Seemed rude not to do some spring drilling on a day as nice as this one was so we did;
Planet Barley is go for launch.
— ????? ?????? ???? (@DavidButler34) February 25, 2019
Cambridgeshire farmer David Walston has been applying liquid fertiliser to spring barley and has already started drilling peas. Usually he waits until mid-March to try to avoid the cold weather.
Spring barley drilling has also begun in Suffolk, where Michael Balls is hoping for a benign March, and on marsh land in Lincolnshire, where Phil Burrell calls the conditions “unreal”.
It is February right? pic.twitter.com/7EsyyS5RBm
— Will Jones (@JonesWill18) February 25, 2019
Mixed farmer Richard Heady has started planting his spring crops in Buckinghamshire, a whole two months earlier than in 2018.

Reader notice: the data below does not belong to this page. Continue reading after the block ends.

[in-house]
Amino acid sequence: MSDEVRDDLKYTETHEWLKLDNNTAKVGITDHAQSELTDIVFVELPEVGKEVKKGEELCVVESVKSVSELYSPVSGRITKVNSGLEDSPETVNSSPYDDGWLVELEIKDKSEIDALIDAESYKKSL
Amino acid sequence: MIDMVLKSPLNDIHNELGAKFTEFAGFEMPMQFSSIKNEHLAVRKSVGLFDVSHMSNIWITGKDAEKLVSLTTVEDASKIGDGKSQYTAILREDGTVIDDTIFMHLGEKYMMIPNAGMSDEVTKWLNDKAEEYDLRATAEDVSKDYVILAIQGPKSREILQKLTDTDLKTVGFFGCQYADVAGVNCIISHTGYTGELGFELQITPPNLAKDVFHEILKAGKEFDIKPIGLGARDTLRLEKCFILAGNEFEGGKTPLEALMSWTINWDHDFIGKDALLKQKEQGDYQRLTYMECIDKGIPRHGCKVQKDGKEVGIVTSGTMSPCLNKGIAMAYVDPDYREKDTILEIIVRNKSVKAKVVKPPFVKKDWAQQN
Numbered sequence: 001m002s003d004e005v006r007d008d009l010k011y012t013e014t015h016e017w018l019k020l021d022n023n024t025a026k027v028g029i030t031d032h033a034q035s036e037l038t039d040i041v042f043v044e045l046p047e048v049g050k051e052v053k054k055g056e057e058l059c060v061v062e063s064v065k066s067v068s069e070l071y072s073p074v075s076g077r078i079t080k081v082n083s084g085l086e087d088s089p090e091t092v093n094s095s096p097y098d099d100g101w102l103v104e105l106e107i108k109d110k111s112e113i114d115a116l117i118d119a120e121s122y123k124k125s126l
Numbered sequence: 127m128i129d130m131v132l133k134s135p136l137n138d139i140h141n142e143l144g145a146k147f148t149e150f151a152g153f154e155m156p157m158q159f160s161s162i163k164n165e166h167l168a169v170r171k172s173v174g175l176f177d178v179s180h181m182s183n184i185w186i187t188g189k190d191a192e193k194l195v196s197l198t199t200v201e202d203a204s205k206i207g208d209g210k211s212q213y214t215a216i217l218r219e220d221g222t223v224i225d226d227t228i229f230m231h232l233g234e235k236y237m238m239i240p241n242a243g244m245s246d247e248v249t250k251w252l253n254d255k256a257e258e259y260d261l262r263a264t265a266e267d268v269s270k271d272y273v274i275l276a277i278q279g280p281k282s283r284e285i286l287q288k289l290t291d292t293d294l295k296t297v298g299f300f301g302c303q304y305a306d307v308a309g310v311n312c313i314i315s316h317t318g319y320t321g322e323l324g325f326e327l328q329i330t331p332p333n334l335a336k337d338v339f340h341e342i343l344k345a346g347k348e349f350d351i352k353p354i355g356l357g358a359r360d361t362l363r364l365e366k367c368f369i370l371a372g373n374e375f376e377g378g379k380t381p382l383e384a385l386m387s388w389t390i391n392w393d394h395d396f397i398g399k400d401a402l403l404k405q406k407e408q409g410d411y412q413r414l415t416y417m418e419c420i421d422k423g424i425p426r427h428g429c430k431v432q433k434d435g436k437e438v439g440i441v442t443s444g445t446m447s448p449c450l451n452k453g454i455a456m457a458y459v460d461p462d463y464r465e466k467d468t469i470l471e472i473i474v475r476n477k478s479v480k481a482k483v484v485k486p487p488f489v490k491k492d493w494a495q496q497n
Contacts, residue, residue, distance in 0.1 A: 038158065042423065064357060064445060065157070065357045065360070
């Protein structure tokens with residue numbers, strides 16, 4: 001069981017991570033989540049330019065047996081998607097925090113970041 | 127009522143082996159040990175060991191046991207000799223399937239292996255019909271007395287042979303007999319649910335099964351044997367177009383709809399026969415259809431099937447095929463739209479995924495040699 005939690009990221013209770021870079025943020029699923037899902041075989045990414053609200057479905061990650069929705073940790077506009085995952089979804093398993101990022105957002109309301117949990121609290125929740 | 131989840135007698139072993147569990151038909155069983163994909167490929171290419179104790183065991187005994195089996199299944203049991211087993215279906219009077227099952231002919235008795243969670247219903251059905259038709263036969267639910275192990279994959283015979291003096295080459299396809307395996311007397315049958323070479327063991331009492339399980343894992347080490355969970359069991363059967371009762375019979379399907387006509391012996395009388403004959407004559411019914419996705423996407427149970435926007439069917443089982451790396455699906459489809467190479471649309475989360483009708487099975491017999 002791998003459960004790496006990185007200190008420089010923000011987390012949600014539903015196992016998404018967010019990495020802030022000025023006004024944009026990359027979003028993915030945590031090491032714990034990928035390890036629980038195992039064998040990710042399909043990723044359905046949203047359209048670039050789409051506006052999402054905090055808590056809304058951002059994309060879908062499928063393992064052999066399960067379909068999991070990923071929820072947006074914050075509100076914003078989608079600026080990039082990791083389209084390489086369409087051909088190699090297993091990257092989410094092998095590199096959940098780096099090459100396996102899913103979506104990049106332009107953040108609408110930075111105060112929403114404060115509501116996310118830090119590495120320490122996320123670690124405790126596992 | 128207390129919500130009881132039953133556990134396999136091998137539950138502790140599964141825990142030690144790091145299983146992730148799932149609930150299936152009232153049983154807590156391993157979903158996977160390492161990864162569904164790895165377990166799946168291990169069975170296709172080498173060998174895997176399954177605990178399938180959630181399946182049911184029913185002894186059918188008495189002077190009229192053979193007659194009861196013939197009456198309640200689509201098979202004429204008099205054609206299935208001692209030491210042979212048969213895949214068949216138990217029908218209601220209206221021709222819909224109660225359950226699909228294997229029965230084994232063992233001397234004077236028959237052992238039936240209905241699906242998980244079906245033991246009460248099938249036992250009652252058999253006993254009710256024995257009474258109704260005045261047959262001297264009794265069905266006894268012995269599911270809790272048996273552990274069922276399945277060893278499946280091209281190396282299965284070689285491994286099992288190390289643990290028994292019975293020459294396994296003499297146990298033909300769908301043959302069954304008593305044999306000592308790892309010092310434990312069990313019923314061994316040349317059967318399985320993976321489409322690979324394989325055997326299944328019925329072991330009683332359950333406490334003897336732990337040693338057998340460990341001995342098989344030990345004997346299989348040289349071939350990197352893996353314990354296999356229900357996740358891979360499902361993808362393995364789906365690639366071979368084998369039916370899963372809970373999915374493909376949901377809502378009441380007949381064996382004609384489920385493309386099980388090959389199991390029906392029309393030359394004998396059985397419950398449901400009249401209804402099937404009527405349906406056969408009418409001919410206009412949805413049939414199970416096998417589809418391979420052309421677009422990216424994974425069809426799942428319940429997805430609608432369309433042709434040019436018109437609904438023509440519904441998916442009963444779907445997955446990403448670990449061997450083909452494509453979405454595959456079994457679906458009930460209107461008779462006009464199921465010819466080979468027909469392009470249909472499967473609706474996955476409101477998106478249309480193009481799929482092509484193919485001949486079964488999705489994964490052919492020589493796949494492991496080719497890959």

“It’s so hot that the ground’s pretty hard and I’m struggling to get the seed in in places, but while the weather’s with us we need to crack on,” he said.
“We need a lot of rain soon to balance things out.”
Difficult to complain about
Meanwhile, livestock farmers are celebrating how the unseasonably warm temperatures are aiding lambing, calving and early turnout.
Kent smallholder Katie Anderson suffered from a “hellish” winter in 2018 that has made her more cautious going forward. She said: “If I’d had this weather for February last year, I think I may still have all my livestock.”
What a contrast to this time last year! pic.twitter.com/Hn23zwZpAo
— Dan Burdett (@farmerdanb) February 25, 2019